Versailles: A Novel
by Kathryn Davis
by Kathryn Davis
Cover: I had a hard time finding any image of the cover that wasn't tiny on the internet, so trust me when i say that it's a fine one. It appears to be a photo of the ceiling in the Hall of Mirrors, where little flickers and sparks dance around chandeliers. It's kind of haunting, actually.
Summary: This is a difficult one to sum up. It's basically a series of snapshot-like vignettes of Revolutionary France, in particular life at Versailles, written in a fictional Marie-Antoinette's voice. I think the thing that most struck me about the summary on Amazon is that it's not so much "a novelization of the doomed queen's life," but rather a poetic interpretation of what it must have been like to live at the palace, and Davis has Marie-Antoinette explain to us that she, herself is a part of the soul of Versailles. If any of that makes any sense...
My Review: I liked it and I didn't like it, so I'm going to split this review up thus into two parts:
Davis writes beautifully. I think a really cliche'd way of describing her style would be to call it "poetic prose" or "lyrical," but there's more to it than that. She takes elements from modern dialogue and the historical dialogue and mixes them into a surreal trip through the mind/(soul?) of Marie-Antoinette.
As I have said in previous posts, I'm not *always* a stickler for historical accuracy, if I can see the reasoning behind a change or the omission of fact. I think that, for the most part, Davis had an accurate read on the queen's character, and her attention to the historical details of the building of the palace is impressive.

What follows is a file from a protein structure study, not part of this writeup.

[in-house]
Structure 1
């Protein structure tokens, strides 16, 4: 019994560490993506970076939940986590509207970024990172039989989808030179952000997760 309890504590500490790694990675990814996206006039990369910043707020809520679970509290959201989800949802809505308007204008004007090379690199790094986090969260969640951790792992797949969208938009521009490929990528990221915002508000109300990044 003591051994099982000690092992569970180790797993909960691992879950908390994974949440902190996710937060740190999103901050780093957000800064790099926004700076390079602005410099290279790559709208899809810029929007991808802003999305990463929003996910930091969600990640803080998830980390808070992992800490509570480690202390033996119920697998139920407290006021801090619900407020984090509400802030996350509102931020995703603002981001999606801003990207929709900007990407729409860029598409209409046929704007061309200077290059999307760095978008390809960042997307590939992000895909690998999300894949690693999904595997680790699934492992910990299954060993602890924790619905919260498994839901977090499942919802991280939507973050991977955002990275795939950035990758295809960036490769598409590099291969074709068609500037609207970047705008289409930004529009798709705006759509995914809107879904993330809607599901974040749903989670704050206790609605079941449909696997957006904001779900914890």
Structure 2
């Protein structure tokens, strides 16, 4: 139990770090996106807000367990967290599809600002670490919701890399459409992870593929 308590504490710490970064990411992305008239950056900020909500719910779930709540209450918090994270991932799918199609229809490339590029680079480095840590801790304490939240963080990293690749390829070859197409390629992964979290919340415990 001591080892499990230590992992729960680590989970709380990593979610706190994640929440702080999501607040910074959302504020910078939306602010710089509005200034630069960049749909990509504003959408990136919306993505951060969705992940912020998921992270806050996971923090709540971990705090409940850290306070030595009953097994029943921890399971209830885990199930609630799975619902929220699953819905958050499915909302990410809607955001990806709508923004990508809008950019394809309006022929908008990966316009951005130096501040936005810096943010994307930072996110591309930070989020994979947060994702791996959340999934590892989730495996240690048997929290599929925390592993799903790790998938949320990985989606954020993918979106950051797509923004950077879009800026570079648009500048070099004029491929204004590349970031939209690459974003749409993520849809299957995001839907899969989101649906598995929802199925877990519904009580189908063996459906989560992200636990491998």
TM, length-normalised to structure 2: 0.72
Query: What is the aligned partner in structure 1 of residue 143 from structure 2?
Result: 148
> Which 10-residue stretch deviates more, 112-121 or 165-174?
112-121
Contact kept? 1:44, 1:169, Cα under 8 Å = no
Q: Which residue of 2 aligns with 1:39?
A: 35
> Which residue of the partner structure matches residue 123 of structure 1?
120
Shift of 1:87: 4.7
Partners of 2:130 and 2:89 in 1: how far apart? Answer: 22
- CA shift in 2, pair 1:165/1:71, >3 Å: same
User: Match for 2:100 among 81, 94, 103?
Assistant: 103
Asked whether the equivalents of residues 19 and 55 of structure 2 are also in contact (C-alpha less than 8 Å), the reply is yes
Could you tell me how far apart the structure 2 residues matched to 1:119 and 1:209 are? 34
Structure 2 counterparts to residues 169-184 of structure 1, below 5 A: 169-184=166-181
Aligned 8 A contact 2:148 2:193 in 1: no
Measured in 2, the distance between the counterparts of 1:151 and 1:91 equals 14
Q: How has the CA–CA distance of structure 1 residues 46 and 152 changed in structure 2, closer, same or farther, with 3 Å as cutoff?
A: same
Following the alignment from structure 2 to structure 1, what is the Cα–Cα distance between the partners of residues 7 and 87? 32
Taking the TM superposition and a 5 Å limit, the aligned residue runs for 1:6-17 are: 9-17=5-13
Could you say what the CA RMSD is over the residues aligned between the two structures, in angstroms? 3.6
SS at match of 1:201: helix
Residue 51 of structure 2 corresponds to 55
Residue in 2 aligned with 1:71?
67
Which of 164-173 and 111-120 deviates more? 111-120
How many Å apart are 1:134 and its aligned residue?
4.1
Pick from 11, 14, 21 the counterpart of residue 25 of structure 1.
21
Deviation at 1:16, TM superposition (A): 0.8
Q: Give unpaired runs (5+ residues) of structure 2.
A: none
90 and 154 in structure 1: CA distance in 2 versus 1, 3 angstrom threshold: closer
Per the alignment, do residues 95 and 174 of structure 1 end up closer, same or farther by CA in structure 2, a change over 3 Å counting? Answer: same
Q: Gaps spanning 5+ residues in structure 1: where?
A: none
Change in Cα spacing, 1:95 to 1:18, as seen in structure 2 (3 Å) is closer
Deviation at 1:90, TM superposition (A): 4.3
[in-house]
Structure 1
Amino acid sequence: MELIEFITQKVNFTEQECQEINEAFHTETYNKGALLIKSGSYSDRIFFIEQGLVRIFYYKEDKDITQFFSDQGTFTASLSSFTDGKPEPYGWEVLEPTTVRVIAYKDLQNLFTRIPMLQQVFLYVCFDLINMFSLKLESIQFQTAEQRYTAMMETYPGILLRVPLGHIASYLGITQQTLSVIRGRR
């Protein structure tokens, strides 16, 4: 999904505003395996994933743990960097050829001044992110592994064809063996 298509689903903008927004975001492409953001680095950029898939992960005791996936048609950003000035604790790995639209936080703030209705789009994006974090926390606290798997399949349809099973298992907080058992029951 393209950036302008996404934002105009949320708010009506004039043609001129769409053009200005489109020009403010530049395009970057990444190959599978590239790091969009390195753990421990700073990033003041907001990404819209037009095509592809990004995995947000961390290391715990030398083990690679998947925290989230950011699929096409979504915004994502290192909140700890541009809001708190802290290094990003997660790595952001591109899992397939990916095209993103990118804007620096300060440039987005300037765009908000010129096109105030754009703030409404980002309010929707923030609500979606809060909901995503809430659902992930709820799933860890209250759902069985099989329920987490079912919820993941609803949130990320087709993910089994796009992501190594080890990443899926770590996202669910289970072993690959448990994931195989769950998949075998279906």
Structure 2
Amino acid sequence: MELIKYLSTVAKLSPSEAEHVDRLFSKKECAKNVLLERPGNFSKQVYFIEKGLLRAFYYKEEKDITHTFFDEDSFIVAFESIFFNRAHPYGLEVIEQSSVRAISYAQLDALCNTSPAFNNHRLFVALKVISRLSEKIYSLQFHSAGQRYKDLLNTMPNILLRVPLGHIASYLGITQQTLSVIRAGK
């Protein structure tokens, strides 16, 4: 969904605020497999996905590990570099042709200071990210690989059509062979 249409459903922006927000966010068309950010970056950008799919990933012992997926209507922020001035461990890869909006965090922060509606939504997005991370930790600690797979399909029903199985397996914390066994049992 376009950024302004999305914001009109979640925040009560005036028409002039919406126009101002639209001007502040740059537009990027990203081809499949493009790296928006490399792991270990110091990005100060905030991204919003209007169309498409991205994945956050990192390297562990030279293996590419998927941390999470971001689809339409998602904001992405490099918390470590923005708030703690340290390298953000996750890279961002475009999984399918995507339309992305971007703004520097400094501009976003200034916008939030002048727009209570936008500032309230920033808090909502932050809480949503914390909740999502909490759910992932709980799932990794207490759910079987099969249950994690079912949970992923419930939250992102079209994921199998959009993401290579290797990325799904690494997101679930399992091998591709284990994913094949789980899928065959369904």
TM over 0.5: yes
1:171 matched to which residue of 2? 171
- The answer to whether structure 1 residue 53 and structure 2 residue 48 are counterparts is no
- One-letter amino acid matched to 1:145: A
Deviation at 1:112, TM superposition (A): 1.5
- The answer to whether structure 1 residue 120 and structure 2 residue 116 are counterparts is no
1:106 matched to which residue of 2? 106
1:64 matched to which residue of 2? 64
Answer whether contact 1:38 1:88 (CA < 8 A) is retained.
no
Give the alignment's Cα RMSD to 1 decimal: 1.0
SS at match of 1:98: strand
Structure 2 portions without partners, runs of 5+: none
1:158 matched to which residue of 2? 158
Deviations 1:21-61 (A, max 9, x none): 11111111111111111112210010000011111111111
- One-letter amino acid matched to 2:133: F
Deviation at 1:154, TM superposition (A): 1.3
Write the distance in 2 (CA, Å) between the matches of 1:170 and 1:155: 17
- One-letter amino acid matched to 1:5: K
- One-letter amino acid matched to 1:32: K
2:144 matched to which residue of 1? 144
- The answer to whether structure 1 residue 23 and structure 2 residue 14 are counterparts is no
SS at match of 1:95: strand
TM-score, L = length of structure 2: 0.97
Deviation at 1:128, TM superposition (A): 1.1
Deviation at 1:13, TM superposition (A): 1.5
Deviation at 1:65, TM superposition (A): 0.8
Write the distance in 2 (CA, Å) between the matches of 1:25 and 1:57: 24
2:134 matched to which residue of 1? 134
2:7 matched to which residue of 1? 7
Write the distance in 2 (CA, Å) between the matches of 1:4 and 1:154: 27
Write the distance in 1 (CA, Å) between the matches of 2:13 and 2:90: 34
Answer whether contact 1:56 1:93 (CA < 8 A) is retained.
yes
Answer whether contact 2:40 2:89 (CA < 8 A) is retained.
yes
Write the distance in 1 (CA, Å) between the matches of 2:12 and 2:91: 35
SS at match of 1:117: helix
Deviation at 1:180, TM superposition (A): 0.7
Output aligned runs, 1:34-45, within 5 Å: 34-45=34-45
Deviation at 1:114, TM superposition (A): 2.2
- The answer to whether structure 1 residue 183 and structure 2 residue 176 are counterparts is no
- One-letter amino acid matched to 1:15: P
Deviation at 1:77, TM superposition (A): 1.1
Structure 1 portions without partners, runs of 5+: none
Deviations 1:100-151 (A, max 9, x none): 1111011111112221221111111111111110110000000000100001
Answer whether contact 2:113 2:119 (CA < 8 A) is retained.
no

If you have not read a bit on the life of Marie-Antoinette, this is not the book for you. After I saw the Sofia Coppola movie, I went on a bit of a Marie-Antoinette kick and read a few biographies and history books on the subject, so while I know less of this time than I do of other historical periods, I was able to easily get the historical references in Versailles. However, unless you know the details of The Affair of the Necklace, the historical right for the fishmongers' wives to appear in Versailles, the botched escape plan, and myriad other little details of Marie-Antoinette and Louis XVI's life, this will be a confusing little book. So, even though it's not marketed as such, I think it can only be read as a "foot note" fictional interpretation, along with the real story.
The book is structured in a mix of stream-of-consciousness, a blending of past and present, historical revisionism, and even little one-act plays. Yes, plays. Surrealist plays. I really got a lot out of Davis' prose style, but the plays seemed to break up the flow of the novel. They were too jarring, involving characters we don't really know, and they just seemed unnecessary, perhaps an "easy way out" of exposition.
Overall, I think I'll conclude on that I enjoyed this short novel. It's not my favorite interpretation of the queen's life (the real story, after all, is so fascinating that it needs little fictional embellishment), but as a history geek I appreciated some of Davis' commentary on our fascination with Marie-Antoinette.
"Why should it be sad, the end of privilege?
Why should it be sad that Marie-Antoinette never sees the Trianon again, except for the fact that it's always sad when anything ends forever."
It's a powerfully-true statement to make: perhaps we who study history love the endless chase, forever trying to glimpse something that we can never quite see.
Read a Bookslut interview with the author
Buy this book on Amazon